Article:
Not because of the distance -- riding two miles is not a big deal in and of itself -- but because I am really struggling with some health issues this fall that include a Crohn's flare-up and depression that's amplified by the change into the dark, wet days of late fall.

On top of this, I've also had to hustle for gigs, which haven't been coming this year; and the release of my latest CD, which I hope will kickstart the process of getting more gigs.

So riding my bike to get coffee just hasn't been especially prominent on my radar just now.

Still, I went out today to finish it all up.
It wasn't grandly ambitious, and I rode all of two and a half miles.
I was exhausted from last night's CD release show, and a bottle of hard cider which, in hindsight, I probably should've skipped, and the change to Standard time didn't give me any additional sleep because my cat kept me up half the night.
So the fact that I went out at all is probably a little amazing.
But I did. I rode over to Ps and Qs Market, bought some pretty darned good coffee, rode around the neighborhood, including a loop around the back side of Woodlawn park, sat and watched the leaves fall and a few birds flying overhead while I drank my coffee, and finally rode home. Along the way I saw some beautiful color, which helped me enjoy the ride a little more.

Let's dispell something about all this: depression doesn't always look like I'm sad.

Last night I celebrated the release of my third CD of original music and I played a house concert and sold some CDs and folks had a good time (and mostly, so did I). Underneath it all, I really just wanted to crawl into bed and sleep, even as I played my heart out and did a fair job of it.
That's depression.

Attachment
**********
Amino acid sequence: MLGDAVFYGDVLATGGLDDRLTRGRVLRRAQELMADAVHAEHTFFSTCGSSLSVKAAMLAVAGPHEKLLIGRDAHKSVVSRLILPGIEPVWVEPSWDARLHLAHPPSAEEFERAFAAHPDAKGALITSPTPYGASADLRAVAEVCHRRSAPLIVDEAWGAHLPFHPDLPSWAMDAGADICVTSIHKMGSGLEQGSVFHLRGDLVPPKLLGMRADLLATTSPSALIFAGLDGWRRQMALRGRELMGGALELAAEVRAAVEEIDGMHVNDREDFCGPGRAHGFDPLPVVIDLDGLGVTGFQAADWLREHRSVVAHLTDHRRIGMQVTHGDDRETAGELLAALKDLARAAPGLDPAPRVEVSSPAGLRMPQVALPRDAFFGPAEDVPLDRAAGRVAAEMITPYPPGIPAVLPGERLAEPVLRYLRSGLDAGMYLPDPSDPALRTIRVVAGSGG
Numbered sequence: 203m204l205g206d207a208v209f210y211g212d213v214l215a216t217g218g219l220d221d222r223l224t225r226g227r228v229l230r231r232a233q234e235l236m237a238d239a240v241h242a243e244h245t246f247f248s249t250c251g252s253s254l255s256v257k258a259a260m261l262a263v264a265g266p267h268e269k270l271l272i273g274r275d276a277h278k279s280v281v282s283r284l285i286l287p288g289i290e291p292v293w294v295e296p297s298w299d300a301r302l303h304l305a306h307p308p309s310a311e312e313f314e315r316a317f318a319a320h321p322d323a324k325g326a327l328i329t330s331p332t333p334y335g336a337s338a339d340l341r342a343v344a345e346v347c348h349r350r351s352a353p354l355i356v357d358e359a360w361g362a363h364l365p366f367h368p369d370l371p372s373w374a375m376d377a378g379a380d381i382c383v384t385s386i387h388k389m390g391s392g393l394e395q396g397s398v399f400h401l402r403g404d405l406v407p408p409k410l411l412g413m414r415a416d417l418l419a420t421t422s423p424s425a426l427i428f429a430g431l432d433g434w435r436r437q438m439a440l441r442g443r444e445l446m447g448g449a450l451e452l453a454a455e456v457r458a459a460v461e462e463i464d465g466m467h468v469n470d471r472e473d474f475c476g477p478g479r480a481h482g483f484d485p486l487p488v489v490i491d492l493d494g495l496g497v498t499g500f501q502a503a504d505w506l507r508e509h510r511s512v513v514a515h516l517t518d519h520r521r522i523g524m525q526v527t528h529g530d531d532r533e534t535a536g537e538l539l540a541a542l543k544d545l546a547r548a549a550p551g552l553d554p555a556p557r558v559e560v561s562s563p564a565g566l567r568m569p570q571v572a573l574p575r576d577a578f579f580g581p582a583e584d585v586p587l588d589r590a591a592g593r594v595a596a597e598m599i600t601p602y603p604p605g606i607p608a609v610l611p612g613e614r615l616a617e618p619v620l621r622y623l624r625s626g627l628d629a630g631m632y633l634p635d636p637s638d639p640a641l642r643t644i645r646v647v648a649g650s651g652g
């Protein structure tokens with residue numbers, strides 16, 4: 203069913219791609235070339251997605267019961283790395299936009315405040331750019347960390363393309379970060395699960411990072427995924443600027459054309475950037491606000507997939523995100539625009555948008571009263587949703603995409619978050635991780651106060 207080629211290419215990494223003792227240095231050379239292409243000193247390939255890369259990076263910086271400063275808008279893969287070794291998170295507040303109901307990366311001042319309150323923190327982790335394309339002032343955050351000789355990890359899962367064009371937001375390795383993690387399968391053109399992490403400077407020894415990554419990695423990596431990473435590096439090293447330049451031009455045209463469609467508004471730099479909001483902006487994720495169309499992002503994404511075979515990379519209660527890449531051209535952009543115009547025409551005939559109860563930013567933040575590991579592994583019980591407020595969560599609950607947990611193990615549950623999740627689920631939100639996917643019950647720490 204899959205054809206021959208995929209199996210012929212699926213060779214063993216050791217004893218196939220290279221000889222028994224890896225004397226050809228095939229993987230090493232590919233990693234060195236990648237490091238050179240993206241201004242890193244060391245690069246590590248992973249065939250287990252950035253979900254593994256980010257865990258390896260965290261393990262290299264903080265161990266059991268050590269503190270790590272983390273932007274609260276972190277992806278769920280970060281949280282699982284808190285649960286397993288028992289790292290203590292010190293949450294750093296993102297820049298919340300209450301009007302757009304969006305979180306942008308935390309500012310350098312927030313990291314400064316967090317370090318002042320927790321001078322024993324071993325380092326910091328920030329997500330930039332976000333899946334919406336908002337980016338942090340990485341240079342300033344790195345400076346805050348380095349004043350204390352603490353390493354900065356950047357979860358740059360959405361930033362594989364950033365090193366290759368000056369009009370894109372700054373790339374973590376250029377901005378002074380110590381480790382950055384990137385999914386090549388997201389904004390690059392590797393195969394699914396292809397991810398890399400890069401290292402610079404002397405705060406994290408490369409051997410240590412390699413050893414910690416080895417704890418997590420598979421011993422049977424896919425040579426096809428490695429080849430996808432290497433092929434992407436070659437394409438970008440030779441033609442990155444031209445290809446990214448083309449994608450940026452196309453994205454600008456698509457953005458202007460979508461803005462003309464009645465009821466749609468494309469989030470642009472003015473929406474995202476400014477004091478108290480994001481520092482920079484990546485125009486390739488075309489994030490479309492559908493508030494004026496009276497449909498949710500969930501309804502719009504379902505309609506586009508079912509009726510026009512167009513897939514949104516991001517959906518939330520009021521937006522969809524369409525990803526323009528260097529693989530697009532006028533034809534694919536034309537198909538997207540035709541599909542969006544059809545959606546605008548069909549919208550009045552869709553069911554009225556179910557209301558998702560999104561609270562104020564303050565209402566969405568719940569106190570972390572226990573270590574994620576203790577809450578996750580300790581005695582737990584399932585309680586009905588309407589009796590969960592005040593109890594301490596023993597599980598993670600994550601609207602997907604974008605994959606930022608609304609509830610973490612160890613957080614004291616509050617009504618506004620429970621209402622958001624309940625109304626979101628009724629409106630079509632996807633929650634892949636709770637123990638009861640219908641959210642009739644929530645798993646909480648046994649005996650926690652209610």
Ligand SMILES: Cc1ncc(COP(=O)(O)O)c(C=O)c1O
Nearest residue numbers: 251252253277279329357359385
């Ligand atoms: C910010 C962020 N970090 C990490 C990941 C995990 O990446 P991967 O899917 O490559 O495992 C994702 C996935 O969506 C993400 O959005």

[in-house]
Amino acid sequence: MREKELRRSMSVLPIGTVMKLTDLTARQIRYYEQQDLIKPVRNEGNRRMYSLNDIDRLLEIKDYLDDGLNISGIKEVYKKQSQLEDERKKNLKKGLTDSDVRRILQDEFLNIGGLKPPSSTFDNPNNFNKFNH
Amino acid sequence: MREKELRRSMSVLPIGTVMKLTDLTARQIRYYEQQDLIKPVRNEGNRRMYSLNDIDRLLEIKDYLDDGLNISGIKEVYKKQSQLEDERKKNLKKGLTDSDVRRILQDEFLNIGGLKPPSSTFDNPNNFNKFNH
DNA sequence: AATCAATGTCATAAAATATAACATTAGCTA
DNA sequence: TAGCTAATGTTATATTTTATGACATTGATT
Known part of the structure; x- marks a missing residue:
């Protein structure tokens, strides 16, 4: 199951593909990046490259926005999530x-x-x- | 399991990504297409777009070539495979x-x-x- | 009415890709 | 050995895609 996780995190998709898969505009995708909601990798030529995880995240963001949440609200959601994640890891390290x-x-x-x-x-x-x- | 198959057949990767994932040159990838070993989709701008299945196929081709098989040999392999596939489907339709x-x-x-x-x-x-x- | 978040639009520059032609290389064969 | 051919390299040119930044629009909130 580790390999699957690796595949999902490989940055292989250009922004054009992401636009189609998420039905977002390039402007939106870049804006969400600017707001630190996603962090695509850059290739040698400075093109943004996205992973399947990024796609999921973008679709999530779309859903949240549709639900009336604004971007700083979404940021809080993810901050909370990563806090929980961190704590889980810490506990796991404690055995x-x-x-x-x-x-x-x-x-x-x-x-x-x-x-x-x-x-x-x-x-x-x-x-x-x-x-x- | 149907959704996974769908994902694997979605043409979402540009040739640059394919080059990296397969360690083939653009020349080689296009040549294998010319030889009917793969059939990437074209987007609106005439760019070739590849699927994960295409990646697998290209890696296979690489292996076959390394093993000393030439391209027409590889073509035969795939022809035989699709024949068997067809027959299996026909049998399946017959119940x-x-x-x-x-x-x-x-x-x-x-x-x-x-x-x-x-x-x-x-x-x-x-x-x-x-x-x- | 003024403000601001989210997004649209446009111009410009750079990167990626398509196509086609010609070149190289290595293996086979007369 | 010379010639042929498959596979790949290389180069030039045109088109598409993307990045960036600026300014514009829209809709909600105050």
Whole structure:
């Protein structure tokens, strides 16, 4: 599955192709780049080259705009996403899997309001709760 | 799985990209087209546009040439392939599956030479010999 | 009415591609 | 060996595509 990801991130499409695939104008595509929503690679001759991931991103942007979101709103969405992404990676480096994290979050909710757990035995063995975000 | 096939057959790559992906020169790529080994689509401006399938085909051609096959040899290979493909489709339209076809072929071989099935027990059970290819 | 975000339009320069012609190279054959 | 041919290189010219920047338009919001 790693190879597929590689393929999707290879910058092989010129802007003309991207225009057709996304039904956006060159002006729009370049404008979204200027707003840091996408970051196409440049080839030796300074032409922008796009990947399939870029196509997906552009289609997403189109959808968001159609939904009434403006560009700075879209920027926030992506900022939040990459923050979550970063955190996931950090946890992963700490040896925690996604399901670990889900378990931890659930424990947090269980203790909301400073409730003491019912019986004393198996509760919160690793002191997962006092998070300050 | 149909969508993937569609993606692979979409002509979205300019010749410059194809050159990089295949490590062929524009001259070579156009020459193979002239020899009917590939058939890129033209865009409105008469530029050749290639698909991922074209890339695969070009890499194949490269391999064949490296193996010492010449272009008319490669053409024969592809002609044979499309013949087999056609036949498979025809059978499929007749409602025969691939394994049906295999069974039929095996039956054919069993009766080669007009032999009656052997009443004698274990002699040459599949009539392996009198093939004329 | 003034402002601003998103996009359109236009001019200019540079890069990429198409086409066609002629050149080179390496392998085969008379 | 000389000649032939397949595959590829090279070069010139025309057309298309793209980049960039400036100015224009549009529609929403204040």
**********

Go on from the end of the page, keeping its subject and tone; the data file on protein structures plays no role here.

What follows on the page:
I'm not always visibly sad when I'm struggling with it. I am often really tired, fatigued (remember, this can also intersect with the fatigue of Crohn's, so it's not clear-cut which is which and there's really nothing to be done about that lack of clarity). I remember what it was like to be full of energy and want to get outside on my bike or outside and doing other things. When I'm in a flare-up AND depressed, I don't want to do much of anything but sleep becasue I'm so f#cking exhausted.

One thing -- last night, when talking about the origins of one of my songs, I was able to be honest and also talk about having depression, without any sense of shame or stigma. Because it's medical. It's not something I created. It just is. And I'm glad I was able to get that out there.
When I'm in the throes of a depressive episode, going outside to ride my bike is really, really hard.
But I did it, and I'm done for now.
In my world, mileage doesn't count. Riding does.
So I'm going with that.
Thanks, and good riding to you!

Evidence photo, at Ps & Q's.
This was after I'd already ridden a couple of miles and had sipped some really good coffee.

Below: Drama. I love it when the sky gets like this and really shows up the gold and orange of the leaves before they fall.

P's & Q's also does really nice things with eggs.
Stop in on a Sunday for brunch.
Or just pick up a few staples on ther way home.
(This is where I go for my chocolate milk.)